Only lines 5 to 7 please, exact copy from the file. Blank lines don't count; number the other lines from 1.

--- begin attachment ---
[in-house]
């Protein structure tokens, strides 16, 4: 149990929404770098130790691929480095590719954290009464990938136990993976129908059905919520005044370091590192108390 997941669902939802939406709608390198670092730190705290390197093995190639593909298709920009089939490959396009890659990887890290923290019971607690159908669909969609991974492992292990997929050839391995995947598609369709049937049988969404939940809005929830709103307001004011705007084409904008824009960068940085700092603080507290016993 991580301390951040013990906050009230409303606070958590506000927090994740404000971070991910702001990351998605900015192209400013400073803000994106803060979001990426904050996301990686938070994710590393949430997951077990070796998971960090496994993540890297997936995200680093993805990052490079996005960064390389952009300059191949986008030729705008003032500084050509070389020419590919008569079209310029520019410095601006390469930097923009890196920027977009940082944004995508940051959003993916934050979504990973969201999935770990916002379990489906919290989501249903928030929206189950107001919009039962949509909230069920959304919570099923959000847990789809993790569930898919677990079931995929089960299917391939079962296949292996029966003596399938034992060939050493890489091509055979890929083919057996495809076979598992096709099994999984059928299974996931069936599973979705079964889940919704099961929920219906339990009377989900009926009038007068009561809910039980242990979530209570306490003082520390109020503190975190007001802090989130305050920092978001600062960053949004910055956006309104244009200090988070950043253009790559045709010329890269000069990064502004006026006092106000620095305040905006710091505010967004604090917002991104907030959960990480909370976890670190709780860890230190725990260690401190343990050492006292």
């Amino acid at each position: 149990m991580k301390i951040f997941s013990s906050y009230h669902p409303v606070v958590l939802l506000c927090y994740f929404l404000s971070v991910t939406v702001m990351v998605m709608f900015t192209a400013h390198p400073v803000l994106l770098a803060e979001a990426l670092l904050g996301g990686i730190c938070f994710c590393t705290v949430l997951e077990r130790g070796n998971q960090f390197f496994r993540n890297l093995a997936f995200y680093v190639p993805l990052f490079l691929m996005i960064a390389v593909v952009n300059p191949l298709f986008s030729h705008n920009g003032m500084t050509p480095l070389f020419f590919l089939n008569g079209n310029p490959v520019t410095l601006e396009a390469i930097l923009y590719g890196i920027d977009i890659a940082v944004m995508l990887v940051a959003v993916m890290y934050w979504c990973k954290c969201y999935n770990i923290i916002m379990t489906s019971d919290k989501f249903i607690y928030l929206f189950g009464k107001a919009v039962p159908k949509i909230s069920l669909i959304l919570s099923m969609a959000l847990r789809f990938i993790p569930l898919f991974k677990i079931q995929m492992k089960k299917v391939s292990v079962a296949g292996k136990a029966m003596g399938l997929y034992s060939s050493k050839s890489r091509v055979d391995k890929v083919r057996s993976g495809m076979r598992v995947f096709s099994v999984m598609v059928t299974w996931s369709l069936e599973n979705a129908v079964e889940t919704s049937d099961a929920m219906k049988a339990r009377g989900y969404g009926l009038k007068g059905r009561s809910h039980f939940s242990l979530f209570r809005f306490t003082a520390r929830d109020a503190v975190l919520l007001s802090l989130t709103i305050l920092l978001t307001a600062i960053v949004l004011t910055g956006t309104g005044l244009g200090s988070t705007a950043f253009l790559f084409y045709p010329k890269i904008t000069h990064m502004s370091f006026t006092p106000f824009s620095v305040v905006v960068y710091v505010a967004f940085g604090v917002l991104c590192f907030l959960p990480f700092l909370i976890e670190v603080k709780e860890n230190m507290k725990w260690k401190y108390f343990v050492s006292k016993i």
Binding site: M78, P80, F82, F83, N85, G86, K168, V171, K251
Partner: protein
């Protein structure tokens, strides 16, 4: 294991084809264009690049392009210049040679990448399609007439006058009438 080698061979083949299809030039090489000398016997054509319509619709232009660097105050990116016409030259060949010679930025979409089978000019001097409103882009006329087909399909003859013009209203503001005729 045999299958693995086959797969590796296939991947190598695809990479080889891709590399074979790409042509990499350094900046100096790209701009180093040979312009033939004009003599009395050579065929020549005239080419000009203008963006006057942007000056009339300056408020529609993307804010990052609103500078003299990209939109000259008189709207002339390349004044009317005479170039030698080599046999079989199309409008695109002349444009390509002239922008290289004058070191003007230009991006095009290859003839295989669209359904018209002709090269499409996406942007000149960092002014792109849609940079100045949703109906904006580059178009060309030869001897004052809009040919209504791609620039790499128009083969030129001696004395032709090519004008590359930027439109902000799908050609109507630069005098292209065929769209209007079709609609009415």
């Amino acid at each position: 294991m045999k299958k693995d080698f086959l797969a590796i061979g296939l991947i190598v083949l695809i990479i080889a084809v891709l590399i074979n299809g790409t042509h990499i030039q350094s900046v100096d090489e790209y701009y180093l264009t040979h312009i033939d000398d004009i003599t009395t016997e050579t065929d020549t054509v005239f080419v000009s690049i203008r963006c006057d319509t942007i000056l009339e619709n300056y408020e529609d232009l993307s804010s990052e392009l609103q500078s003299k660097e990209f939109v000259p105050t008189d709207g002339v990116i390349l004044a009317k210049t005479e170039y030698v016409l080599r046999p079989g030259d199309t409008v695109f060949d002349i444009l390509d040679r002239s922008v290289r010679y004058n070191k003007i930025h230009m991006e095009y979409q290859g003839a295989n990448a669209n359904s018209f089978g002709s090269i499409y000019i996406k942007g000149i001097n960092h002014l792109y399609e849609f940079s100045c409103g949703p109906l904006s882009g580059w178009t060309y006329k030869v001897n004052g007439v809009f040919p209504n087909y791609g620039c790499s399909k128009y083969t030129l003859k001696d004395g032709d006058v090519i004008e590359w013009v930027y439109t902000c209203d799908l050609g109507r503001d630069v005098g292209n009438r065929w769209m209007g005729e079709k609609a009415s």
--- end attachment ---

Partner: protein
């Protein structure tokens, strides 16, 4: 294991084809264009690049392009210049040679990448399609007439006058009438 080698061979083949299809030039090489000398016997054509319509619709232009660097105050990116016409030259060949010679930025979409089978000019001097409103882009006329087909399909003859013009209203503001005729 045999299958693995086959797969590796296939991947190598695809990479080889891709590399074979790409042509990499350094900046100096790209701009180093040979312009033939004009003599009395050579065929020549005239080419000009203008963006006057942007000056009339300056408020529609993307804010990052609103500078003299990209939109000259008189709207002339390349004044009317005479170039030698080599046999079989199309409008695109002349444009390509002239922008290289004058070191003007230009991006095009290859003839295989669209359904018209002709090269499409996406942007000149960092002014792109849609940079100045949703109906904006580059178009060309030869001897004052809009040919209504791609620039790499128009083969030129001696004395032709090519004008590359930027439109902000799908050609109507630069005098292209065929769209209007079709609609009415």
């Amino acid at each position: 294991m045999k299958k693995d080698f086959l797969a590796i061979g296939l991947i190598v083949l695809i990479i080889a084809v891709l590399i074979n299809g790409t042509h990499i030039q350094s900046v100096d090489e790209y701009y180093l264009t040979h312009i033939d000398d004009i003599t009395t016997e050579t065929d020549t054509v005239f080419v000009s690049i203008r963006c006057d319509t942007i000056l009339e619709n300056y408020e529609d232009l993307s804010s990052e392009l609103q500078s003299k660097e990209f939109v000259p105050t008189d709207g002339v990116i390349l004044a009317k210049t005479e170039y030698v016409l080599r046999p079989g030259d199309t409008v695109f060949d002349i444009l390509d040679r002239s922008v290289r010679y004058n070191k003007i930025h230009m991006e095009y979409q290859g003839a295989n990448a669209n359904s018209f089978g002709s090269i499409y000019i996406k942007g000149i001097n960092h002014l792109y399609e849609f940079s100045c409103g949703p109906l904006s882009g580059w178009t060309y006329k030869v001897n004052g007439v809009f040919p209504n087909y791609g620039c790499s399909k128009y083969t030129l003859k001696d004395g032709d006058v090519i004008e590359w013009v930027y439109t902000c209203d799908l050609g109507r503001d630069v005098g292209n009438r065929w769209m209007g005729e079709k609609a009415s």